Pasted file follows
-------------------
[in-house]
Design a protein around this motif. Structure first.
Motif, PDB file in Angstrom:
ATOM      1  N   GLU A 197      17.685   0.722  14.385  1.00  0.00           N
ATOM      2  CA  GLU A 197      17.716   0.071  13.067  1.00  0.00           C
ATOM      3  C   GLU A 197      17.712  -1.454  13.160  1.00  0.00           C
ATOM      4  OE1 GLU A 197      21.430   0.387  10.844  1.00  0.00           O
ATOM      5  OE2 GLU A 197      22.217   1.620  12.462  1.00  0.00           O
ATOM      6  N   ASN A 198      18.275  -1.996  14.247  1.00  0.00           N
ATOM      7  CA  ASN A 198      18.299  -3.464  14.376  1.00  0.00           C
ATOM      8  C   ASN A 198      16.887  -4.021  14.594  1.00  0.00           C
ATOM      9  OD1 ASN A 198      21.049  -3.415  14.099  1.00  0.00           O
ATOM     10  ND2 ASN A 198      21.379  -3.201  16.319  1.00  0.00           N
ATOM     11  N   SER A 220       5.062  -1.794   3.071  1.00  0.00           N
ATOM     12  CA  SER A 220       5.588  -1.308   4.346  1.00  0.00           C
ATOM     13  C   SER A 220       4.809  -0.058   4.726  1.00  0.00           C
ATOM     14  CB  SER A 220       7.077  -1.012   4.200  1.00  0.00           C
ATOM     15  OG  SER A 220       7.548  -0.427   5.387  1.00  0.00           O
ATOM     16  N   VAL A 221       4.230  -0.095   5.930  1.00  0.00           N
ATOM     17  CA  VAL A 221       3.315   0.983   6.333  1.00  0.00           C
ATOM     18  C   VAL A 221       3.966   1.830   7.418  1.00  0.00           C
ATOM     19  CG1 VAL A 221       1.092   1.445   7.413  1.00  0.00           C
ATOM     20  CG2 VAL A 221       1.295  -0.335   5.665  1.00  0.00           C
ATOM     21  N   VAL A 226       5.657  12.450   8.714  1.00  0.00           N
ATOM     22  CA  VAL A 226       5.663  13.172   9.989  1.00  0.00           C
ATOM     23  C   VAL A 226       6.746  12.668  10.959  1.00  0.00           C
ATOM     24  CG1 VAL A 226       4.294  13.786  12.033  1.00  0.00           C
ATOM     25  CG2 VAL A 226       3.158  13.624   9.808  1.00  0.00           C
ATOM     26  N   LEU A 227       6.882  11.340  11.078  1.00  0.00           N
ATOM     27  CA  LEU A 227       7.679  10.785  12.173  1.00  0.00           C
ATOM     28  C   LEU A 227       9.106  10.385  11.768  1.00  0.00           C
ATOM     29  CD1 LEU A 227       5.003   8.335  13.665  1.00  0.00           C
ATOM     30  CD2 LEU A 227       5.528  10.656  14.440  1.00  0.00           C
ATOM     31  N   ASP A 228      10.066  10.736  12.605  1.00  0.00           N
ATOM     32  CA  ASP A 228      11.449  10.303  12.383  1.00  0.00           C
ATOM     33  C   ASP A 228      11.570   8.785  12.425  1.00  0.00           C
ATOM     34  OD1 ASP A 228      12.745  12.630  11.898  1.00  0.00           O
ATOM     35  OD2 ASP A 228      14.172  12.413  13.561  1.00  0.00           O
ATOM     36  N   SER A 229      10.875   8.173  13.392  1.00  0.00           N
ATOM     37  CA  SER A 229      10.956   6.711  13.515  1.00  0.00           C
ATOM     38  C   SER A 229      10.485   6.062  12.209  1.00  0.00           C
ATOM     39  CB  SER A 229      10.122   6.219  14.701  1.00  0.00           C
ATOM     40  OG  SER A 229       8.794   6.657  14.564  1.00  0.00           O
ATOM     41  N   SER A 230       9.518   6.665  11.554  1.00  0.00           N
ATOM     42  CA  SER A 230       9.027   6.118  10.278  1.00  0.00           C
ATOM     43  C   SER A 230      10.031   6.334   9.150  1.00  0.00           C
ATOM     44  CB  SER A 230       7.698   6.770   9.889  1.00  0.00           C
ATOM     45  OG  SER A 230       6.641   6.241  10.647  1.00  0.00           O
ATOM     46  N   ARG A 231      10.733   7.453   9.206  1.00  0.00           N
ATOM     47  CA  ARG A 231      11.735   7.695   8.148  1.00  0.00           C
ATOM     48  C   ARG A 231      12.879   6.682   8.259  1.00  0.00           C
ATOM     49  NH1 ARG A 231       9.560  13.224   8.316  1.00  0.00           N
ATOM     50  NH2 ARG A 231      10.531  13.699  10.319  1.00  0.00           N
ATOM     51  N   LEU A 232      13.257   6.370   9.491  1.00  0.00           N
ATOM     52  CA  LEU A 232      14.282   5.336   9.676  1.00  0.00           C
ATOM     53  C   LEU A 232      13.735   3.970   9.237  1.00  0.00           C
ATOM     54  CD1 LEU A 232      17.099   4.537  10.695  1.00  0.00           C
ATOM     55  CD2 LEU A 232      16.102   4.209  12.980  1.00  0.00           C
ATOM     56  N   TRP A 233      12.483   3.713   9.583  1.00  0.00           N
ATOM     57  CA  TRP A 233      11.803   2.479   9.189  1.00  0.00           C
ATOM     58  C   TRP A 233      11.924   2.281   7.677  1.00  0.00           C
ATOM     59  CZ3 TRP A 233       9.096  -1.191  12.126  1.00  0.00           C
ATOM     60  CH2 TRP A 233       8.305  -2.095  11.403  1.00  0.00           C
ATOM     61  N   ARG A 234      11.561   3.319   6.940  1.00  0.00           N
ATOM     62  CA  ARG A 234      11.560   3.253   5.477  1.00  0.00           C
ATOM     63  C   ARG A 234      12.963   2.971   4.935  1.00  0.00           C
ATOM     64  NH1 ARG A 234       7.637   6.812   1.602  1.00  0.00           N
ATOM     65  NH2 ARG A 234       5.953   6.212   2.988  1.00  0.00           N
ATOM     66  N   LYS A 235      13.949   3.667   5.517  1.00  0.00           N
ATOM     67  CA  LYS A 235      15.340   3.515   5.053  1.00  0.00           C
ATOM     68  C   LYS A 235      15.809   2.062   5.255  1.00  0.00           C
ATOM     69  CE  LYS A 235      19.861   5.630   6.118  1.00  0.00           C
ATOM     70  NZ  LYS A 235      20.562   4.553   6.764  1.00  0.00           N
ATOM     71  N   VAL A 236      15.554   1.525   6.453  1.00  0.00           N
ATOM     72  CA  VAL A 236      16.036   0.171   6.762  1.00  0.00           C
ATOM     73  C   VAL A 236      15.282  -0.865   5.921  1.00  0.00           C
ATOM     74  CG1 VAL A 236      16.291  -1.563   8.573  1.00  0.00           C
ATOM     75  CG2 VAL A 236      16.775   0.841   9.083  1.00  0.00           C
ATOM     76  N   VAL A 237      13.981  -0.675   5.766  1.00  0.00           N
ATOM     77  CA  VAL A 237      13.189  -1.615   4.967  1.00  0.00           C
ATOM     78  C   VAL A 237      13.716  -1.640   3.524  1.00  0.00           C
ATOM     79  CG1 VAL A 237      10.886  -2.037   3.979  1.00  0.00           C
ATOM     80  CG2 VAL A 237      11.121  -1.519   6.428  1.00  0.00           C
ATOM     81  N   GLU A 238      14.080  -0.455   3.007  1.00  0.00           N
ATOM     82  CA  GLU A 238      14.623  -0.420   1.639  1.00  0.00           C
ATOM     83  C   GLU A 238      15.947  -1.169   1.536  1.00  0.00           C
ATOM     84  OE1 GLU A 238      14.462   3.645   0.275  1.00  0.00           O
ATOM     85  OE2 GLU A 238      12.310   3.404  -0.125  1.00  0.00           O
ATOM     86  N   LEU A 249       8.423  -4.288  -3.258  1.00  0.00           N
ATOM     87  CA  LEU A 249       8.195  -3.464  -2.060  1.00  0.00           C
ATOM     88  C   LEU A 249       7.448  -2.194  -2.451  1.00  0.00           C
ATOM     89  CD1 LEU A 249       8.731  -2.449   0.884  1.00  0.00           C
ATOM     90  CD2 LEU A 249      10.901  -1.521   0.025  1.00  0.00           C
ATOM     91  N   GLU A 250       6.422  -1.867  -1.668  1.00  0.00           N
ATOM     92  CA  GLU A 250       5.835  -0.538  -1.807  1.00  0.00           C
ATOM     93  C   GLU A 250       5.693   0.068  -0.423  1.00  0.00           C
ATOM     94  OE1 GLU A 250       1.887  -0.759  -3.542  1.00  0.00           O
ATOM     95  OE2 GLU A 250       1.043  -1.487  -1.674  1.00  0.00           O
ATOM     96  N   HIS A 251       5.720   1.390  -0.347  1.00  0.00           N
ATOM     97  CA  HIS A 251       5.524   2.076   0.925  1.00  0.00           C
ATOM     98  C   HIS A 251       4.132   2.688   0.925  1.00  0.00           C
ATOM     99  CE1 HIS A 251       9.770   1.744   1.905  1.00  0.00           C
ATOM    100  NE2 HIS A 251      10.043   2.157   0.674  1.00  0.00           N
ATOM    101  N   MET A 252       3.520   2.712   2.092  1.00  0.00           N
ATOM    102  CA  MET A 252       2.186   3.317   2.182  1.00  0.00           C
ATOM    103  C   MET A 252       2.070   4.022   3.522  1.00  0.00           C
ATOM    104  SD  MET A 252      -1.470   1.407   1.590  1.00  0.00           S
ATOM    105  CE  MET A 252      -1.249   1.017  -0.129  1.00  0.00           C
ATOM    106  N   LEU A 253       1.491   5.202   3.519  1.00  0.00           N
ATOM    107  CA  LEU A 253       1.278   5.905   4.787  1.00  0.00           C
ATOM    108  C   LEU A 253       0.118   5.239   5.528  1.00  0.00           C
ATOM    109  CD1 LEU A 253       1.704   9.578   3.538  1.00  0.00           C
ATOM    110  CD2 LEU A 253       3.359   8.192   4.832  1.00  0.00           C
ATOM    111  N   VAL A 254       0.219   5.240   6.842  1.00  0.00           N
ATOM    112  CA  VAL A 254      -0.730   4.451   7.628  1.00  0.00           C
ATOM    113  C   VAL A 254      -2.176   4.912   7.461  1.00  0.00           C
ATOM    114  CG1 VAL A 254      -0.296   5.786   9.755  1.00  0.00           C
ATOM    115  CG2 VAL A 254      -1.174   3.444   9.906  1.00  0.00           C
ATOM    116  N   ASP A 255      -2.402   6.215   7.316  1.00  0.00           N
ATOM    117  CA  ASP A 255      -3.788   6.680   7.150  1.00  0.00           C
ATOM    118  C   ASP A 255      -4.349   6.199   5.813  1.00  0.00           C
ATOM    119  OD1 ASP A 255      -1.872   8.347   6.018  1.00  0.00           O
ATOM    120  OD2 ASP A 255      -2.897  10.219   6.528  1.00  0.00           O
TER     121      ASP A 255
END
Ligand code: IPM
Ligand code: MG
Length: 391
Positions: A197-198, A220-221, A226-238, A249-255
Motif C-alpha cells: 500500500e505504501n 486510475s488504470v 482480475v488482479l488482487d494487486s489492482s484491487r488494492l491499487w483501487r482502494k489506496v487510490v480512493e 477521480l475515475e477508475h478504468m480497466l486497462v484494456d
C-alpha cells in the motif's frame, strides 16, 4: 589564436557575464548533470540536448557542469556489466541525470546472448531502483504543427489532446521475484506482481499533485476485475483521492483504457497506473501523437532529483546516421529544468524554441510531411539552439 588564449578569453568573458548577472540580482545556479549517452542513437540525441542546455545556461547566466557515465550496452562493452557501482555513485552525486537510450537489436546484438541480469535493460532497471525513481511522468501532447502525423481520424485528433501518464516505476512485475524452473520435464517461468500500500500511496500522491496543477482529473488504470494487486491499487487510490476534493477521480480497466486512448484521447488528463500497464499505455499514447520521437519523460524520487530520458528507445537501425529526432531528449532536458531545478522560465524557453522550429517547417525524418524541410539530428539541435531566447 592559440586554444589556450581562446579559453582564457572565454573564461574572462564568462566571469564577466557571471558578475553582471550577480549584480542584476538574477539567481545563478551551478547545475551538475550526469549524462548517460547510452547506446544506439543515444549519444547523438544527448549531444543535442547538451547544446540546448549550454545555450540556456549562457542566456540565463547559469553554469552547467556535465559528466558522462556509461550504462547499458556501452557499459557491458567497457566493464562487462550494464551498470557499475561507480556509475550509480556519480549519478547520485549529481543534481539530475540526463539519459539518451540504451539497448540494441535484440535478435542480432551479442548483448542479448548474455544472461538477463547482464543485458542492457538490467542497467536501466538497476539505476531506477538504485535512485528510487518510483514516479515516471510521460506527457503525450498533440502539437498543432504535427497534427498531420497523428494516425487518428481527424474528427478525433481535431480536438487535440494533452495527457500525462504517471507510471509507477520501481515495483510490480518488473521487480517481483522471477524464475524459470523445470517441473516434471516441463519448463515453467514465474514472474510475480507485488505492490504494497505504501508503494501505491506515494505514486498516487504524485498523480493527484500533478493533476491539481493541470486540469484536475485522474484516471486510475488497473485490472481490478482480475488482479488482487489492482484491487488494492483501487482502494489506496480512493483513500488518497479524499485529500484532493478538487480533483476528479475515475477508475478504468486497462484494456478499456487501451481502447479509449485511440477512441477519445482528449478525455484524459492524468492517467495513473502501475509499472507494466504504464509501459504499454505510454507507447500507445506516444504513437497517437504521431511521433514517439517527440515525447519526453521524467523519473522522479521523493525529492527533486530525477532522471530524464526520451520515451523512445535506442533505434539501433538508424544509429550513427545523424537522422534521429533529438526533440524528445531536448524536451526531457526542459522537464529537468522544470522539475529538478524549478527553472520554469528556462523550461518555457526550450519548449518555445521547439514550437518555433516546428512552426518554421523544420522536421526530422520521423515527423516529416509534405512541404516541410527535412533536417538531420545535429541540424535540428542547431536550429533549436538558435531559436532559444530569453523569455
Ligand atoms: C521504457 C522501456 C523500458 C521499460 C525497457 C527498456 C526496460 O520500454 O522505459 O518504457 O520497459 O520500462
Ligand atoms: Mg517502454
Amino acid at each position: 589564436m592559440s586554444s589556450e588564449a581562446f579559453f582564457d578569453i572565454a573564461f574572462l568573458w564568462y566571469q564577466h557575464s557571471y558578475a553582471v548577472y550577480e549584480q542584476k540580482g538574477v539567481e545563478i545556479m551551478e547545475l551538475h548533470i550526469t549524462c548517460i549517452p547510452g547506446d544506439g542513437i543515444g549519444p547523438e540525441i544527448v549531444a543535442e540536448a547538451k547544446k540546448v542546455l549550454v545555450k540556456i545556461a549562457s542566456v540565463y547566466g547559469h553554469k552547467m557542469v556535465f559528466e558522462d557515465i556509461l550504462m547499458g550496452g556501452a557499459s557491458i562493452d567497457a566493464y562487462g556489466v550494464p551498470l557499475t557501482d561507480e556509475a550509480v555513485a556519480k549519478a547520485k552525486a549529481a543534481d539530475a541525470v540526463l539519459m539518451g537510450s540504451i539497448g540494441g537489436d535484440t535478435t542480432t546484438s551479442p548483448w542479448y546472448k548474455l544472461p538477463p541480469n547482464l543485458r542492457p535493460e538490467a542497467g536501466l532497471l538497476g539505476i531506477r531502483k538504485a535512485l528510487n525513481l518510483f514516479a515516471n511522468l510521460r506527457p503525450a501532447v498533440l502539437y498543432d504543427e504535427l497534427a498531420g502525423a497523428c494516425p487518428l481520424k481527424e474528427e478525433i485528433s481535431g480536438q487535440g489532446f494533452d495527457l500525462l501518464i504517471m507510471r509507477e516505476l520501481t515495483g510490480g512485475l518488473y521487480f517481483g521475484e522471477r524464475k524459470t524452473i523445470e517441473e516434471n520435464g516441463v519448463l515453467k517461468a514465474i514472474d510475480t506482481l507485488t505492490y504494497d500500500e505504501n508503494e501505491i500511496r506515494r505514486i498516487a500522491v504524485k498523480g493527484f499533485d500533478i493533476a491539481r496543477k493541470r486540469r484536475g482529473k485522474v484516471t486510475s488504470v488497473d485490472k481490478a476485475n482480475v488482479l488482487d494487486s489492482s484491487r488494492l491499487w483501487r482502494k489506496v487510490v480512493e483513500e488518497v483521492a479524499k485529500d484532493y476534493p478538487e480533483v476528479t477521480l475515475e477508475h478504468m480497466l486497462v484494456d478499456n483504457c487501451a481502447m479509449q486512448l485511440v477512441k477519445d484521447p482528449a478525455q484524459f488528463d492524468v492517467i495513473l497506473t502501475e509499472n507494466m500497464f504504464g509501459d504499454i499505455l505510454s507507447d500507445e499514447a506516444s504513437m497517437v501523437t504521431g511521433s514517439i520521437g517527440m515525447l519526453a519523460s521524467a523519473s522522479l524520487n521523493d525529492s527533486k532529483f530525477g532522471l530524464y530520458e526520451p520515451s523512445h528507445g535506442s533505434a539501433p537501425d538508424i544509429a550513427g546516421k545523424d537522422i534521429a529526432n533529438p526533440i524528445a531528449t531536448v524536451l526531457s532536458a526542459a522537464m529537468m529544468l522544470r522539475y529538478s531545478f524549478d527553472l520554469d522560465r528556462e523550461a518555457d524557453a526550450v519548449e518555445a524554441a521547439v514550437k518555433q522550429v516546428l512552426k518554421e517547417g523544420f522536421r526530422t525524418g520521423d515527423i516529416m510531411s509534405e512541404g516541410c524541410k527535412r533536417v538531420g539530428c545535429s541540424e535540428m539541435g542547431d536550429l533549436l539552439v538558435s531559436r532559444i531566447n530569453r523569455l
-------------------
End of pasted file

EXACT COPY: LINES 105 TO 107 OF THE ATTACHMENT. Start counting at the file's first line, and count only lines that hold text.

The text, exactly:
ATOM    102  CA  MET A 252       2.186   3.317   2.182  1.00  0.00           C
ATOM    103  C   MET A 252       2.070   4.022   3.522  1.00  0.00           C
ATOM    104  SD  MET A 252      -1.470   1.407   1.590  1.00  0.00           S